WASHINGTON, July 24, 2017 – “Too much on my plate” is a phrase that I hear over and over in both social and professional settings. We may chuckle when we say or hear it but it’s no laughing matter.
That “Too much on my plate” sensation is often related to feeling stressed out or overwhelmed in a major way. Either can lead to burnout. You don’t want to head in that direction. This can lead to serious health issues. At the very least, it certainly leads to feeling badly.
For example, the stress hormone cortisol is automatically released within your body when you are stressed. Over time this has a negative impact on your immune system. There are many reasons for taking good care of yourself. Avoiding the cascading effects of stress is one of the most important.
What are the best ideas for turning that stressful “Too much on my plate” situation around?
For starters, learning how to say “No” is a good one.
Your first dilemma: Why is saying “Yes” to others and “No” to yourself acceptable? Discovering the answer to this question is worth pursuing, and it can set you free.
- Ask yourself the following series of questions:
- Are you willing to say no?
- Will you set realistic expectations when others aren’t willing to?
- Are you feeling pulled in too many directions?
- Do you feel stretched to thin?
- Do you feel like you don’t have enough time to do everything?
- Are you willing to take a stand for yourself?
At home, at work, or in life, you have to set realistic expectations. Before saying ‘Yes,’ think about what that answer will require. To make the decision that’s best for you, first take a look at what you’ll need to know or learn:
- Do you need to gather more information?
- Do you need to speak to others?
- When and how will you do that?
- What is the target or due date?
- How much time to do you need to set aside?
Once you’ve pinned the variables down, here are some tips on getting things off your plate sooner rather than later:
First, eliminate that “too much” feeling and point it in a healthier direction. Think of an example of someone asking you to do something. After giving it some thought, you realize you can’t really take another thing on, but you may feel a little uncertain about saying “No.” Now close your eyes and picture yourself putting a stake into the ground, representing saying “Yes” to yourself and “No” to whomever is asking.
Remember, you are human. We have limits and we have to let go of the idea we can do everything and do it well. If you take on too much, things you can’t get to will fall through the cracks.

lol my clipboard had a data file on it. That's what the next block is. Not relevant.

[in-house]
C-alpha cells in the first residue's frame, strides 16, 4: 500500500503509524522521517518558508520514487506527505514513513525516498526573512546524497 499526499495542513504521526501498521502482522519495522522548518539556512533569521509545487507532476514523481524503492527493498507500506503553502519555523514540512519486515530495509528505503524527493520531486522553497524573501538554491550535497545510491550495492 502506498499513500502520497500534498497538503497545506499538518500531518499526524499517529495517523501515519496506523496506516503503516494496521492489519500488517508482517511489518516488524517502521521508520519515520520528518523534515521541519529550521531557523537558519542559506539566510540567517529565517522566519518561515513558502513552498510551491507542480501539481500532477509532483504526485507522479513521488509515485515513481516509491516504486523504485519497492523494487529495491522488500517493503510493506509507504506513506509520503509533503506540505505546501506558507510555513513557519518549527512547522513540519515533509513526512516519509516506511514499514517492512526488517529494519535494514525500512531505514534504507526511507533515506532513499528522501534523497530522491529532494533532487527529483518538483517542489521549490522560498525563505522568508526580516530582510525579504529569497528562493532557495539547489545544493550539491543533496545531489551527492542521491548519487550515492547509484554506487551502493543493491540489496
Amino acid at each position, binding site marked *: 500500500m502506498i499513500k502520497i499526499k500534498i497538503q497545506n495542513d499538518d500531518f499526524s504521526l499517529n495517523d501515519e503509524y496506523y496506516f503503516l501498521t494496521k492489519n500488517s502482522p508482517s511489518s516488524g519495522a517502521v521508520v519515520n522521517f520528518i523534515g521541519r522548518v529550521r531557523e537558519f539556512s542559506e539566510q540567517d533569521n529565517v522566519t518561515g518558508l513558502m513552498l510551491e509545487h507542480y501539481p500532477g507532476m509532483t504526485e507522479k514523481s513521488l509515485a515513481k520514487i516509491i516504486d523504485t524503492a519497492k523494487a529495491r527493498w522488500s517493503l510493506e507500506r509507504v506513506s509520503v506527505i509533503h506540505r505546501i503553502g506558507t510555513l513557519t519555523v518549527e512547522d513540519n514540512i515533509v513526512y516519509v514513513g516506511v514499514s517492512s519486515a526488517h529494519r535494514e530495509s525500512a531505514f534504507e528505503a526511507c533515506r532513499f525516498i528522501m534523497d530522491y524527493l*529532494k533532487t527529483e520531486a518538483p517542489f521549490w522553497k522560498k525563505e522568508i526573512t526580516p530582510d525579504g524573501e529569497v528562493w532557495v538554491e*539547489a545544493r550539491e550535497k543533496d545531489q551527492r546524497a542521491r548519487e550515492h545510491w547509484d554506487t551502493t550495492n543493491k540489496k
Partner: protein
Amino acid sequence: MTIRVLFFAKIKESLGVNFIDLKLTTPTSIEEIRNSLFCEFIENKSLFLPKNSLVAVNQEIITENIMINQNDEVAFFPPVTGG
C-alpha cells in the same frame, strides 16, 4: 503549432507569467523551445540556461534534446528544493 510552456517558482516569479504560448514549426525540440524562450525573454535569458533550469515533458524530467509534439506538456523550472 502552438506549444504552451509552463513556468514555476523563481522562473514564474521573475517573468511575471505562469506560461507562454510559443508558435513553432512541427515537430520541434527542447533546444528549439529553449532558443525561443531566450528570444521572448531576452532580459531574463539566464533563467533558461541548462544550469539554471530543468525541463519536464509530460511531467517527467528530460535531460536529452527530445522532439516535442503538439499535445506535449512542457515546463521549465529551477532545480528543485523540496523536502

Next, consider doing just one or two things at a time. Focus on doing them well. Our brains weren’t wired to multi-task even though we are allegedly living in a multi-tasking society. Figure out what’s important to you and pare down the rest.
Prioritize and delegate whenever you can. Tell the person who’s asked for help that, although you’d like to do just that, your plate is too full right now and you don’t want to take on something else if you know you can’t give it the attention it deserves. After all, you can always re-evaluate your decision at a later time should your personal situation change.
My next suggestion is to simply tell you to feel free to be selfish and take some “me time” when you need it. If you don’t take care of yourself, who will? Be your own advocate. Consider: How can you help support others if you don’t take care of yourself?
For example, when you’ve traveled by airplane, remember the important instruction the flight attendant always gives to passengers before takeoff: Make sure you put your own air mask on first so that you are able to help others in an emergency.
Once you’ve cleared some space for “me time,” you should next make getting enough sleep a priority. It’s a universally acknowledged fact that when your body is exhausted, you will not get any productive work done. Sleep will refresh you. Without it, your perspective on life can quickly get skewed.
Lastly, keep things in perspective. Saying “No” to something is not the end of the world.
Now go out there and say “YES.” After all, if you can say “Yes” to the dress (just kidding), you can certainly say “YES” to yourself!!
For more Information Contact:
Susan Commander Samakow, PCC, CPCC
Certified Business, Life & Career Coach Focusing on Confidence & Resilience Strategies and Transition
Ask Susan about her coaching packages and the Stress Reducing techniques she teaches: EFT (Tapping) and Breathing Exercises.